AS wheat trading debuts on the Zimbabwe Mercantile Exchange (ZMX), stakeholders have called upon the five banks involved in the trading platform to offer a basket of payment options to warehouse receipt holders.
Stockfeed Manufacturers Association of Zimbabwe (SMA) executive administrator Dr Reneth Mano asked why wheat warehouse receipts were not discounted. He was speaking at the buyers’ breakfast meeting organised by ZMX in Harare recently.
“ZMX banking partners ought to have the cash to offer farmers a basket of payment options to choose from when they deliver their grain to designated depots that issue negotiable warehouse receipts.
“When the wheat farmer makes a delivery to the warehouse depot, a negotiable warehouse receipt is issued. The farmer (or owner of grain) should be able take the generated warehouse receipt to any of the five ZMX partner banks and borrow say up to 60 percent of the minimum expected selling value of the wheat tonnage delivered to the warehouse depot,” said Dr Mano.
The bank must take the warehouse receipt as collateral security with the farmer maintaining ownership of the grain. The farmer should also be able to get some money against the delivered grain even though it would not have been sold yet, commented Dr Mano.
The farmer who holds the warehouse receipt, in search of better selling price, might decide to put the grain for sale on the ZMX electronic warehouse receipt system and commodities trading online auction platform for a period of 30, 60 or 90 days.
The Government has set the floor price for ordinary and premium wheat grades at US$620 and US$682 per tonne respectively.
However, with some of the farmers who delivered their wheat to GMB not yet paid, the dire need for cash to use for this summer season’s various activities might push them to look for alternative buyers of the warehouse receipt.
“A wheat warehouse receipt holder may secure a buyer offering US$520 per tonne cash and might opt to trade his grain to clear debts and procure inputs for the current growing season. Such a trade does not need the Government to use money from Treasury to pay the farmer for the wheat. The only fraction that Treasury may have to pay is the subsidy of US$100 per tonne, the difference between US$620 per tonne producer price for ordinary wheat the minimum price set by Government and US$520 that the farmer would have secured from ZMX trading platform,” added Dr Mano.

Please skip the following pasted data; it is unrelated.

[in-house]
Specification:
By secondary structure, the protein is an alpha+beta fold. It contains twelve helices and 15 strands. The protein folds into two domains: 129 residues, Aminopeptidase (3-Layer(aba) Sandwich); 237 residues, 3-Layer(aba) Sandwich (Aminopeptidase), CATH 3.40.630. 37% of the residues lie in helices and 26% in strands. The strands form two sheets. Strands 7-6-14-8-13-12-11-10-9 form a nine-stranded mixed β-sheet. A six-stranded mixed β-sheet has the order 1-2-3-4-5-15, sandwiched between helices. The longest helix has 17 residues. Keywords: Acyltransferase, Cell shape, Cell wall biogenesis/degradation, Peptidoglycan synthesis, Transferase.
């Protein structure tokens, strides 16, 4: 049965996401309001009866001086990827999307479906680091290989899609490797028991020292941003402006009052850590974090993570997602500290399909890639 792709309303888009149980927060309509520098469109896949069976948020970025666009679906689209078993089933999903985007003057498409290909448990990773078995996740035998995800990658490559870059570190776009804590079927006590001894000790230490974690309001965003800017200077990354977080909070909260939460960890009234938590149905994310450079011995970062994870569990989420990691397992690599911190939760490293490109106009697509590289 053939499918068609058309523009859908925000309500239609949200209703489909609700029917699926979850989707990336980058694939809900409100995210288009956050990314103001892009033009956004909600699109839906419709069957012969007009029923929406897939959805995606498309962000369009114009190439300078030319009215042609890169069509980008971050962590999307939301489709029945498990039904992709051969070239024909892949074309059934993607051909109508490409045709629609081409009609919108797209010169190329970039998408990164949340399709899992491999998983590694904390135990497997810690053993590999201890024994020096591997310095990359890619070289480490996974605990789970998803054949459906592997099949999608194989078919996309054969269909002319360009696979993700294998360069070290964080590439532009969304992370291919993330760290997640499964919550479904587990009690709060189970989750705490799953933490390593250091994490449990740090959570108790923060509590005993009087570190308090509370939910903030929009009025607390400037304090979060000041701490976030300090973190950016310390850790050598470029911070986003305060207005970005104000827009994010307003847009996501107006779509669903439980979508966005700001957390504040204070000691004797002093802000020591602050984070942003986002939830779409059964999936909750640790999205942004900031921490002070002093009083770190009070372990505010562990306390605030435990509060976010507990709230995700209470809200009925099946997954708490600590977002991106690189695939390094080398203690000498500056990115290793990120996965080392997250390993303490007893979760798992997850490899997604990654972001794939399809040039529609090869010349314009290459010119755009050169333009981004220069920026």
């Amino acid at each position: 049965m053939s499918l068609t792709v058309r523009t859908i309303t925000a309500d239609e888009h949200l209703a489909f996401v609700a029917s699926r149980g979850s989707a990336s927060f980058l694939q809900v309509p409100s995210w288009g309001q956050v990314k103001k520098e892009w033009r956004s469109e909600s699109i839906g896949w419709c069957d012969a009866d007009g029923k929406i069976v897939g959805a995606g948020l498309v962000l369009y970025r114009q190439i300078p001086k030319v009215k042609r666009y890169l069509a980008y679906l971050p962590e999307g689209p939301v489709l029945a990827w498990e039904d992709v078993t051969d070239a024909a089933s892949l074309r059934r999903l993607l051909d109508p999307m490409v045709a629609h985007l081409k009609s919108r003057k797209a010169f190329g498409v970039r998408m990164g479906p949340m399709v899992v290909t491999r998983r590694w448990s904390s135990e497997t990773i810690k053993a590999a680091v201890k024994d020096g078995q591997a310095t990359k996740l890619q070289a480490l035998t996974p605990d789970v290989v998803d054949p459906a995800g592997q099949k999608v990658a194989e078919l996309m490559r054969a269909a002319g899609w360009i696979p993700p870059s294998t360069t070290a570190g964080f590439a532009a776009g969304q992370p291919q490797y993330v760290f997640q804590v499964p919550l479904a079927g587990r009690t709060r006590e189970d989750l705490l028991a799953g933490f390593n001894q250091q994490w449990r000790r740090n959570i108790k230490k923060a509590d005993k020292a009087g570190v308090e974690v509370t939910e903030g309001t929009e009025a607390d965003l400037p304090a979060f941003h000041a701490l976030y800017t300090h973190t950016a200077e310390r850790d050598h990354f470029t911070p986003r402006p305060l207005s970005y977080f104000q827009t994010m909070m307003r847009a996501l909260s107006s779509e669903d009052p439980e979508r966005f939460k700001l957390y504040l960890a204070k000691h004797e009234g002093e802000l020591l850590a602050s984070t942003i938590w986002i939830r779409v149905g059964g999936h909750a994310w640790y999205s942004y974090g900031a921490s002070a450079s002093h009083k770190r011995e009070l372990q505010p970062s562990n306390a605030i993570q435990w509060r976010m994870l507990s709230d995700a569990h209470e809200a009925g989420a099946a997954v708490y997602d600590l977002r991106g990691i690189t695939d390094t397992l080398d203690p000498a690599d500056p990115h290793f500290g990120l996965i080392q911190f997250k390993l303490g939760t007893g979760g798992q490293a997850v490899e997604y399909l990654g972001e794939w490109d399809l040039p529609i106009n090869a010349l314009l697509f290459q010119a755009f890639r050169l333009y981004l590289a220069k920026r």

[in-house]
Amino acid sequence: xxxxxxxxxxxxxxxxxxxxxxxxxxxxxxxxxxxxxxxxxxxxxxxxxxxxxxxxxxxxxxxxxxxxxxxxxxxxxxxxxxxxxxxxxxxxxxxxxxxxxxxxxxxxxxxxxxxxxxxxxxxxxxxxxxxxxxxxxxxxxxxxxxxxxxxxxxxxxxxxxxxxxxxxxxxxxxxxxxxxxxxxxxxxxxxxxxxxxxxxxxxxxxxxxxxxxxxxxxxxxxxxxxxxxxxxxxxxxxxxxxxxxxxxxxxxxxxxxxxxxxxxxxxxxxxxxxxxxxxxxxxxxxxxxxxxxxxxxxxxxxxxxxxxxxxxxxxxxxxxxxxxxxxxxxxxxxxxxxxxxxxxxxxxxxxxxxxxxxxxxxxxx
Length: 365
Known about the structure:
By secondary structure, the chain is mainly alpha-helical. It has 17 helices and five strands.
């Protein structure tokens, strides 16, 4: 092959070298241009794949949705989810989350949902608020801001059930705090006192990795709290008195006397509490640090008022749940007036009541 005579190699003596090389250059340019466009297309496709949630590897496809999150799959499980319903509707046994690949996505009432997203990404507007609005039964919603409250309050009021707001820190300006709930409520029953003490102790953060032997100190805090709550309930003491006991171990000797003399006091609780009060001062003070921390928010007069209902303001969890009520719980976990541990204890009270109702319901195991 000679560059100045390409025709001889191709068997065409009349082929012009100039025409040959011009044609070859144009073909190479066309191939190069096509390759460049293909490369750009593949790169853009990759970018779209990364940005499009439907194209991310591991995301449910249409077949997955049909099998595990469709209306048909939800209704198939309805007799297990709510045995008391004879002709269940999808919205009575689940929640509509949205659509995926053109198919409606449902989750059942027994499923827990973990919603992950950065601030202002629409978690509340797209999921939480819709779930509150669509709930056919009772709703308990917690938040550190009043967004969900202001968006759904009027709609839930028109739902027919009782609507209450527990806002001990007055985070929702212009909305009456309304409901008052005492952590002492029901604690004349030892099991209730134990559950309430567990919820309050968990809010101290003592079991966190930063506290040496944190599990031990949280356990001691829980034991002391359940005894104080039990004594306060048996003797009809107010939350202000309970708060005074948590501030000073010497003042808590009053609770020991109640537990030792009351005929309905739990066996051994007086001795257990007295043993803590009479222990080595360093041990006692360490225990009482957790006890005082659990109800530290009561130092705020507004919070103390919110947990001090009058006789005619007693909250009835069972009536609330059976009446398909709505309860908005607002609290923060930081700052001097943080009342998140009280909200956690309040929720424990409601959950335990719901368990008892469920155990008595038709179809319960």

Dr Mano went on to say that Government would save a lot of money in the region of US$30 million for the 300 000 tonnes of wheat that GMB expects to buy. The banks commodity trading desk could, alternatively, offer the wheat farmer a deal in which he gets a discounted price of US$520 per tonne cash on delivery.
He went on to say some farmers might be happy with the cash on delivery terms in which case the ownership of the wheat delivered and the warehouse receipt generated becomes the property of the bank.
Grain Millers Association of Zimbabwe chairman Mr Tafadzwa Musarara said their members were not confident with wheat being traded on ZMX platform due to several sensitivities.
“We also don’t believe that ZMX has the wherewithal and competence to mediate on these transactions,” said Mr Musarara. – Herald